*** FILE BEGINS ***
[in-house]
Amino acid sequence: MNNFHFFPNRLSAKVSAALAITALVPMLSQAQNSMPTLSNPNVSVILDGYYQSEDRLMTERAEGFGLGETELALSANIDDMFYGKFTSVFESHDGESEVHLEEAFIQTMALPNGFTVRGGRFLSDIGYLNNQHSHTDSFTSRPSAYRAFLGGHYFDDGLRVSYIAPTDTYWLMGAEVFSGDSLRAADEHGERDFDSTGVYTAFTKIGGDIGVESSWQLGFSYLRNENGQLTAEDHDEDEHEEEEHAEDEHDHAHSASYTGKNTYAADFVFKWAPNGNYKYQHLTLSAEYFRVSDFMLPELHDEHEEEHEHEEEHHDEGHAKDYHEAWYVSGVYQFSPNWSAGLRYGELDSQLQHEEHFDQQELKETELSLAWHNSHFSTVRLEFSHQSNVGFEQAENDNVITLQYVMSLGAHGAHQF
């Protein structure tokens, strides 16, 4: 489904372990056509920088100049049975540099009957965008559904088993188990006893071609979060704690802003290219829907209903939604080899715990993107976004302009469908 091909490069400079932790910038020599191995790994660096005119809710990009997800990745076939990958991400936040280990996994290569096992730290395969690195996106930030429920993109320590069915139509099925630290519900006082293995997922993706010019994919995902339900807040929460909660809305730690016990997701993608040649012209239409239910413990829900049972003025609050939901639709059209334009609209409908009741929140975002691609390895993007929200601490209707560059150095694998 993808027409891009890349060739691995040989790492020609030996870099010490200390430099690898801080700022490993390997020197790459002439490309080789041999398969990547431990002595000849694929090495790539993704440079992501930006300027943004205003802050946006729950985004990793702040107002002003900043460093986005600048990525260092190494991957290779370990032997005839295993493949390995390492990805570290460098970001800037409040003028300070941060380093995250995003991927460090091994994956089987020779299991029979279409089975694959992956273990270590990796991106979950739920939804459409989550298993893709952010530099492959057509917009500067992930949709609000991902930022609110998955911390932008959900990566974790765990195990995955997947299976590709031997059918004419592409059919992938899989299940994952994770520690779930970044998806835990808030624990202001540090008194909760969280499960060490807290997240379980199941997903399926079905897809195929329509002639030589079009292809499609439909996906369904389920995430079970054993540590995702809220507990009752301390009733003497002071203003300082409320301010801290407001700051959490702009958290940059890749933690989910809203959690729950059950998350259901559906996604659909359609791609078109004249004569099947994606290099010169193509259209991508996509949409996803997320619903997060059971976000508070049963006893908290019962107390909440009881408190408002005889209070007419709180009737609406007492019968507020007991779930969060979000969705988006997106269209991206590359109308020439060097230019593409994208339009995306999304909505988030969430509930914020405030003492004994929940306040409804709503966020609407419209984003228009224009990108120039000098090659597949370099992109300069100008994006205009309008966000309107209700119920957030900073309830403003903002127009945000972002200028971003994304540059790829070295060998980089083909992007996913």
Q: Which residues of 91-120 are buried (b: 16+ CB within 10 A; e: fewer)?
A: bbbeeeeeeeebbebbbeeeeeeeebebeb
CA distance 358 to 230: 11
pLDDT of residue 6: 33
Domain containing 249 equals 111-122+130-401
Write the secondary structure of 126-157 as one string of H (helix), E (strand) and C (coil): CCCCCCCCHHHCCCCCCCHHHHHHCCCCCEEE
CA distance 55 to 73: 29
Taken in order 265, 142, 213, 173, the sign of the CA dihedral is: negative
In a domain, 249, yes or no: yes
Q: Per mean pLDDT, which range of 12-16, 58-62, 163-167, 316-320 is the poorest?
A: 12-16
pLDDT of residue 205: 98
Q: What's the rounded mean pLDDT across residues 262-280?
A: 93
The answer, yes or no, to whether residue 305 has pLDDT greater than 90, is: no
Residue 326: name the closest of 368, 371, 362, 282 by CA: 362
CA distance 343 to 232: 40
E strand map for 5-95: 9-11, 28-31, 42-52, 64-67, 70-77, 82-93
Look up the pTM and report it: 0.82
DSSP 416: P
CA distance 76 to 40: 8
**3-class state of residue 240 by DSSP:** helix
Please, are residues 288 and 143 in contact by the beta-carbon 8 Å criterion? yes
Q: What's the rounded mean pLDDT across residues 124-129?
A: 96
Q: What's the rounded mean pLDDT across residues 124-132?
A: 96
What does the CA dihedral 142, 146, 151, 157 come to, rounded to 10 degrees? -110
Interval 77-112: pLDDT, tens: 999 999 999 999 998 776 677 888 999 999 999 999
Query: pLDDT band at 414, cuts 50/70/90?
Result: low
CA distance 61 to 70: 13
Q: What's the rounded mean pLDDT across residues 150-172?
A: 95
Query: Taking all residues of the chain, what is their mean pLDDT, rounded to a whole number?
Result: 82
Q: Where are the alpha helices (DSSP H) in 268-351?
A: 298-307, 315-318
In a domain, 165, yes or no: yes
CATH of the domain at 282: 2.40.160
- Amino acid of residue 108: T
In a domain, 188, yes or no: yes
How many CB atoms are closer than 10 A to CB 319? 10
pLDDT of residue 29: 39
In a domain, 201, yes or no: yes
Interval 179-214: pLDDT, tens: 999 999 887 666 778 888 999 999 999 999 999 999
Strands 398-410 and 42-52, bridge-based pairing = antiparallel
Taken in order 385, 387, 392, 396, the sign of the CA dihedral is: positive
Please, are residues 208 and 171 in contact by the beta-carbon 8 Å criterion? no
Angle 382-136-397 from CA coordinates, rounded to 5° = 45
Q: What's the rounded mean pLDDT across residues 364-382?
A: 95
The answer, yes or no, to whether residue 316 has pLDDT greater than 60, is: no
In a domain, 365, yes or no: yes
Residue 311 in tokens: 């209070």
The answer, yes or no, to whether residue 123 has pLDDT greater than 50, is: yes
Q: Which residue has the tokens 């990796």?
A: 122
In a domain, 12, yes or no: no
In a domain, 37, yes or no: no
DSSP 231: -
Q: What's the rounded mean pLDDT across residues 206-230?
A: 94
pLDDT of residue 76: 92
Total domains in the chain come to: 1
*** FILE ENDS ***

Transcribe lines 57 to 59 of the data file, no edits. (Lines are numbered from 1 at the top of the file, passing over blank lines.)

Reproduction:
In a domain, 365, yes or no: yes
Residue 311 in tokens: 């209070």
The answer, yes or no, to whether residue 123 has pLDDT greater than 50, is: yes